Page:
The US Supreme Court has rejected an attempt to give residents of the territory of Puerto Rico the right to vote in US presidential elections.
Judges threw out the appeal by a group of Puerto Ricans - the latest development in a long-running debate on the islanders' constitutional rights.
Puerto Rico, which is not a state, has been administered by the US since 1898.
Although residents cannot vote in presidential elections, they do elect a delegate to the US Congress.
However their representative does not vote, except in committees.
Attorney Gregorio Igartua, who filed the appeal, said the citizens of Puerto Rico "have been unfairly treated" for more than a century.
He complained that residents have "an inferior type of American citizenship."
Correspondents say the argument about Puerto Rico's status is coming to a head following a report by the Bush administration into the issue.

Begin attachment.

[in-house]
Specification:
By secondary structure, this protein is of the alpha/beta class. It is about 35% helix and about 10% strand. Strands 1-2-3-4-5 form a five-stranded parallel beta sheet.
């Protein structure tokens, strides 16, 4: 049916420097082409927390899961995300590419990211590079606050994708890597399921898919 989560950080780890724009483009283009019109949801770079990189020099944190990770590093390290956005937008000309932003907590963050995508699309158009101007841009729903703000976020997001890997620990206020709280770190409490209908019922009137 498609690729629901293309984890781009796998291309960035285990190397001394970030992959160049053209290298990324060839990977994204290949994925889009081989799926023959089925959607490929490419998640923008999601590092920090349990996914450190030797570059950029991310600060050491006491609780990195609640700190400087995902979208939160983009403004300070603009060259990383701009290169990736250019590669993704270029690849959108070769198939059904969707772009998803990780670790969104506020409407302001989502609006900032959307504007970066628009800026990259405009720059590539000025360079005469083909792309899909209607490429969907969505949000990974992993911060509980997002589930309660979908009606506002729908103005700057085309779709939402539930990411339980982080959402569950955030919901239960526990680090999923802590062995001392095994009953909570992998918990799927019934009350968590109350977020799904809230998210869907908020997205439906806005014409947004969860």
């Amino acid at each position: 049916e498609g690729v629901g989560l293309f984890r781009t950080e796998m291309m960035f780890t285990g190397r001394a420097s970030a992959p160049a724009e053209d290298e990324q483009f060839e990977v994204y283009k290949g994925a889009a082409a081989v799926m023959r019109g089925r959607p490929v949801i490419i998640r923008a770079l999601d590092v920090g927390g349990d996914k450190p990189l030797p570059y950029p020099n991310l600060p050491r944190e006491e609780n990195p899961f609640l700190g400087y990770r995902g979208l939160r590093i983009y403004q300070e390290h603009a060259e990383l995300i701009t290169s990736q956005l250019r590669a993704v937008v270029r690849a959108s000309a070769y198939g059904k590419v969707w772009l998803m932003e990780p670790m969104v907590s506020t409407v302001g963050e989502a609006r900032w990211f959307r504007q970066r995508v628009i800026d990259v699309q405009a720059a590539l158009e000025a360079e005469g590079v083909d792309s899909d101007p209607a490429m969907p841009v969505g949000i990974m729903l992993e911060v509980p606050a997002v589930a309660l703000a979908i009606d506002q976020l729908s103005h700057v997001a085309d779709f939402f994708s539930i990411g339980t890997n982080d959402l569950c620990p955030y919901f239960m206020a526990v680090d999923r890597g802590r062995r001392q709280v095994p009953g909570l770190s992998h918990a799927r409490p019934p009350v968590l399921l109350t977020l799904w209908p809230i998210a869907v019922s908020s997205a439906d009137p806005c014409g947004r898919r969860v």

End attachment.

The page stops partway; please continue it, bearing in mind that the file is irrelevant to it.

In December, a presidential task force recommended that Congress call a referendum on the island's status as a self-governing US commonwealth.
A "Yes" vote would trigger another vote on whether to make Puerto Rico independent or the 51st US state.
Opinion polls suggest there is little support for independence. Only a few islanders voted in favour of independence in the latest of a series of referendums in 1998.
However, islanders are split over whether to keep their current status or become a US state.